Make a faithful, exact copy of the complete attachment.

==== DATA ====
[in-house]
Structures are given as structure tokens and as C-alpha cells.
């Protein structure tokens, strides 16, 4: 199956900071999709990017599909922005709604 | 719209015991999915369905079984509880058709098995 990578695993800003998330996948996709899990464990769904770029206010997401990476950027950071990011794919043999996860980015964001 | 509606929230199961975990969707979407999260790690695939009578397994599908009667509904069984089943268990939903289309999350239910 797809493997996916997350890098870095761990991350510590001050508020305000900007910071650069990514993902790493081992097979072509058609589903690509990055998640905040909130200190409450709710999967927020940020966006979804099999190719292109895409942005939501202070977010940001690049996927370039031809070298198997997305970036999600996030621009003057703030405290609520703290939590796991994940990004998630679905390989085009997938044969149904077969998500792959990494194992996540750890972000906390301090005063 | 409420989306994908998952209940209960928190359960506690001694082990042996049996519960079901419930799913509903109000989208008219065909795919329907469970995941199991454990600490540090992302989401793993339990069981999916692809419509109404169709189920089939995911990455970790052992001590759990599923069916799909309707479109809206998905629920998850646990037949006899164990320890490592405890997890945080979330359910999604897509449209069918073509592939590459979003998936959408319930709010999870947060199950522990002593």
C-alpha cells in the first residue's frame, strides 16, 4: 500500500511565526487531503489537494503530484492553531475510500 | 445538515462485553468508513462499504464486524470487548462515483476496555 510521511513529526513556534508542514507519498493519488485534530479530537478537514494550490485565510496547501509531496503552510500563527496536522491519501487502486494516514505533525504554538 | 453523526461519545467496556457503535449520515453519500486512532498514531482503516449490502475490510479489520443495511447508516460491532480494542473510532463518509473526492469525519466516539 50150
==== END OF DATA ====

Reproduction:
[in-house]
Structures are given as structure tokens and as C-alpha cells.
């Protein structure tokens, strides 16, 4: 199956900071999709990017599909922005709604 | 719209015991999915369905079984509880058709098995 990578695993800003998330996948996709899990464990769904770029206010997401990476950027950071990011794919043999996860980015964001 | 509606929230199961975990969707979407999260790690695939009578397994599908009667509904069984089943268990939903289309999350239910 797809493997996916997350890098870095761990991350510590001050508020305000900007910071650069990514993902790493081992097979072509058609589903690509990055998640905040909130200190409450709710999967927020940020966006979804099999190719292109895409942005939501202070977010940001690049996927370039031809070298198997997305970036999600996030621009003057703030405290609520703290939590796991994940990004998630679905390989085009997938044969149904077969998500792959990494194992996540750890972000906390301090005063 | 409420989306994908998952209940209960928190359960506690001694082990042996049996519960079901419930799913509903109000989208008219065909795919329907469970995941199991454990600490540090992302989401793993339990069981999916692809419509109404169709189920089939995911990455970790052992001590759990599923069916799909309707479109809206998905629920998850646990037949006899164990320890490592405890997890945080979330359910999604897509449209069918073509592939590459979003998936959408319930709010999870947060199950522990002593």
C-alpha cells in the first residue's frame, strides 16, 4: 500500500511565526487531503489537494503530484492553531475510500 | 445538515462485553468508513462499504464486524470487548462515483476496555 510521511513529526513556534508542514507519498493519488485534530479530537478537514494550490485565510496547501509531496503552510500563527496536522491519501487502486494516514505533525504554538 | 453523526461519545467496556457503535449520515453519500486512532498514531482503516449490502475490510479489520443495511447508516460491532480494542473510532463518509473526492469525519466516539 50150